There is a lot of stigma associated with lice, but in reality, contracting a lice infection does not mean you are dirty or have poor hygiene. Lice can spread to anybody, they like hair of all lengths, textures, colors and cleanliness levels. That being said, there are a few steps that you can add to your child’s hygiene routine to increase their defense against lice. Certain essential oils, when added to shampoos or diluted into water and sprayed on items that come into close contact with your head can act as a natural lice deterrent. The oils and fragrances typically believed to repel lice include peppermint, tea tree, coconut, lavender, eucalyptus, rosemary and lemongrass. Using these lice deterrents does not totally guarantee immunity to lice, but they should be helpful. It is also convenient that these all smell quite nice (much better than mayonnaise, at least). 

House Cleaning Tips: Oust The Louse

When you are dealing with lice, it might make you feel like everything is infested. Rest assured, there is no need to throw away everything you own or burn down your house: your head is infected, but your home is NOT. 

It is true that lice can sometimes fall off of their host’s head, but it is pretty uncommon for lice to leave their food source. Lice also will not lay their eggs on your couch or in the fibers of your clothes. They want to keep their eggs as warm and safe as possible, so lice only lay their eggs on human hair follicles.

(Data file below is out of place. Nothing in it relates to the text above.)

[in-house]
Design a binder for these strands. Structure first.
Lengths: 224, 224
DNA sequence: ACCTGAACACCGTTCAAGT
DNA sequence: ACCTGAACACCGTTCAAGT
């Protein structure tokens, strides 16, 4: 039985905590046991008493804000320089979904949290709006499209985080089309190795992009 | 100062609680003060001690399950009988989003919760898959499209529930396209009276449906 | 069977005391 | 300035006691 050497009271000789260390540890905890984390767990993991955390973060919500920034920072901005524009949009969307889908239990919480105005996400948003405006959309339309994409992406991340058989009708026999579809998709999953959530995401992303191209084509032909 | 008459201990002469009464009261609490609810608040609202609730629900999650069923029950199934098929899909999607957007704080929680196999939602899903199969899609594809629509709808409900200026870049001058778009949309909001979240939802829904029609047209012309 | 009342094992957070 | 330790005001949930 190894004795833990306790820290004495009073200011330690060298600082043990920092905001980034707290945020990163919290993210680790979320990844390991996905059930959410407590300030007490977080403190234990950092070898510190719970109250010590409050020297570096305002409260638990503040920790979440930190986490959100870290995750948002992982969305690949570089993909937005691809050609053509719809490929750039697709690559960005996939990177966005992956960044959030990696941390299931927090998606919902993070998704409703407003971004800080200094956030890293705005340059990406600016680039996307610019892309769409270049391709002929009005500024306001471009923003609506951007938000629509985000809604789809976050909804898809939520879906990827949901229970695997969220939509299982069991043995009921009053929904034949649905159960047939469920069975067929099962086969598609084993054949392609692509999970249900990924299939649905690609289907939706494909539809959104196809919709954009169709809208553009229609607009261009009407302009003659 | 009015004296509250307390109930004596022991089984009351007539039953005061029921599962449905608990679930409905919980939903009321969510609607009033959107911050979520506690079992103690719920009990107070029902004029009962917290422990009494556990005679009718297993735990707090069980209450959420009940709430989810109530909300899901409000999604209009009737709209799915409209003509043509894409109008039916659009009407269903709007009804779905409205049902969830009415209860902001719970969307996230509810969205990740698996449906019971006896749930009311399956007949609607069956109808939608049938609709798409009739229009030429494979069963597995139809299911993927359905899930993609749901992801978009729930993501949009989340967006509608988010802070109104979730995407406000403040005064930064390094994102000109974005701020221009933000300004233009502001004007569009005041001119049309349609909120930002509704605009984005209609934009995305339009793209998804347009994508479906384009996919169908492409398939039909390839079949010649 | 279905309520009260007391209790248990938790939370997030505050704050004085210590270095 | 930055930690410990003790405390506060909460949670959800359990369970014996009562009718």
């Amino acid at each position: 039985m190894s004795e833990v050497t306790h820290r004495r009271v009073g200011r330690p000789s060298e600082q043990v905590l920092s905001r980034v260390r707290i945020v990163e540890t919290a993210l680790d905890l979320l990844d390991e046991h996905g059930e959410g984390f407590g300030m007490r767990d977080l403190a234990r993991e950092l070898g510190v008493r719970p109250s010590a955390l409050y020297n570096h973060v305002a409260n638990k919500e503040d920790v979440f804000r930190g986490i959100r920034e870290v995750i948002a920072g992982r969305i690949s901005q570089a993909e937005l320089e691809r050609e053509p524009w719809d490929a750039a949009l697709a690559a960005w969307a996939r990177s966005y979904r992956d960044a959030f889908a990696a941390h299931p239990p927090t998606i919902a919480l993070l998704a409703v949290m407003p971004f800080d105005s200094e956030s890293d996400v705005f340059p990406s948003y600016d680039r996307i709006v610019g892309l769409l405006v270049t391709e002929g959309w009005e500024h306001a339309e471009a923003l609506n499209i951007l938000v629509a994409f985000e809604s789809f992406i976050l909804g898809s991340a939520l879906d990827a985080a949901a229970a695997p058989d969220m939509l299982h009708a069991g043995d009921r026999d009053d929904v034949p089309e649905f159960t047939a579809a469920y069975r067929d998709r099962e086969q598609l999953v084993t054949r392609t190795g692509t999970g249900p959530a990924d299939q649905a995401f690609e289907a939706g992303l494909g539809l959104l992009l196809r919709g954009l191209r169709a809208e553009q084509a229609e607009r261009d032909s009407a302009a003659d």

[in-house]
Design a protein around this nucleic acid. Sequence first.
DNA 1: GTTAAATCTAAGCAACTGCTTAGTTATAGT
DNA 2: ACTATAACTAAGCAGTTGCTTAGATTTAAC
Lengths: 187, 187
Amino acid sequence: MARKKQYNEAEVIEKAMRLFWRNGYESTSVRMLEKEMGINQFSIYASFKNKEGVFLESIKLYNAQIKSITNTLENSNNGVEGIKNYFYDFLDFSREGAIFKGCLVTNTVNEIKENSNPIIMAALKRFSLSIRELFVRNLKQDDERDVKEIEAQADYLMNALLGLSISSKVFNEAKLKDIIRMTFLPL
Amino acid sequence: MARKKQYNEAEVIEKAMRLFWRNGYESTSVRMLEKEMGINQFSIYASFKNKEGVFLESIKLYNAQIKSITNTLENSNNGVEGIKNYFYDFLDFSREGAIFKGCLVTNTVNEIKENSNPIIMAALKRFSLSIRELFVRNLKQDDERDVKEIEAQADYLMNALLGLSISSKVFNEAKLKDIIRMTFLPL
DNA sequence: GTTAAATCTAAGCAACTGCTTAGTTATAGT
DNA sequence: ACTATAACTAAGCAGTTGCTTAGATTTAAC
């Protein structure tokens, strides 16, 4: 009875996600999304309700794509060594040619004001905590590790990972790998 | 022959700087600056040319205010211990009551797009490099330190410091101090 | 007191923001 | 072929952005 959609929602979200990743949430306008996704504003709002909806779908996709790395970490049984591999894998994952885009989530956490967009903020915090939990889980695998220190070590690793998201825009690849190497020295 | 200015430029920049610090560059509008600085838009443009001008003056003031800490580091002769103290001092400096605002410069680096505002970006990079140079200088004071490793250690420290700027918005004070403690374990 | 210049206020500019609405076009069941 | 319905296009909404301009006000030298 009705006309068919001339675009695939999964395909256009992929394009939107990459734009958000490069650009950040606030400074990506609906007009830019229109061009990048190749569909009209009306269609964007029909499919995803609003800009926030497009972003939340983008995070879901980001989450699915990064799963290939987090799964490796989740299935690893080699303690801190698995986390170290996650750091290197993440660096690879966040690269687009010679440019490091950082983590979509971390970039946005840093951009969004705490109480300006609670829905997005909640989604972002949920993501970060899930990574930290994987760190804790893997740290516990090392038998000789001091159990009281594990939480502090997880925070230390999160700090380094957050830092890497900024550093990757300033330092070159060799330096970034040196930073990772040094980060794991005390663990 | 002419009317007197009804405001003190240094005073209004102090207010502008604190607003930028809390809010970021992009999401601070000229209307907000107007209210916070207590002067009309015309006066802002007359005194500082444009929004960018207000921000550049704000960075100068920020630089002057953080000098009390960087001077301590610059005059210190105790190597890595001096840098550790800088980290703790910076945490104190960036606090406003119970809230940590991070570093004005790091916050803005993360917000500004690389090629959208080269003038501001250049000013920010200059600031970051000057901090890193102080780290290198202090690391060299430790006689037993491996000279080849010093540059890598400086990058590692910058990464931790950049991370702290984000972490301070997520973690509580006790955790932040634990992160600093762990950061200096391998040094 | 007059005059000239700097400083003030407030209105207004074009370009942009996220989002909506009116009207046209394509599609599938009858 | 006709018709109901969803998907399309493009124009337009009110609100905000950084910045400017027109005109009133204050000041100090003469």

If you do experience a lice infestation, there are a few steps that you can take to make sure all surfaces that have come into contact with the infected head are cleaned and rid of any possible stray lice. 

Start by removing any stray hair from items that have come into direct contact with the hair. This includes hair brushes and combs, barrettes and hair accessories, towels, hats, scarves, jackets, and backpacks. Soak these items in boiling hot water or run them through the dryer on high heat for several minutes. Any items that cannot fit in the dryer, or shouldn’t get wet, like helmets and wigs can be placed in the freezer overnight and then cleaned out with a rag or a lint roller. Any large household items, like rugs and couches should be safe after a thorough vacuuming to remove any stray hairs. Don’t forget about the car, as well, vacuuming car seats and headrests should do the trick.

There is no need to hire a maid service or shave everybody’s hair in your home if you are dealing with lice. It is just a matter of cleaning anything that might have come into direct contact with the lice and being proactive about preventing further infection. Focus on the infected head first though, this is where the infection is, and your house can never be free of lice if your hair is not.

How Long Can Lice Live On A Mattress?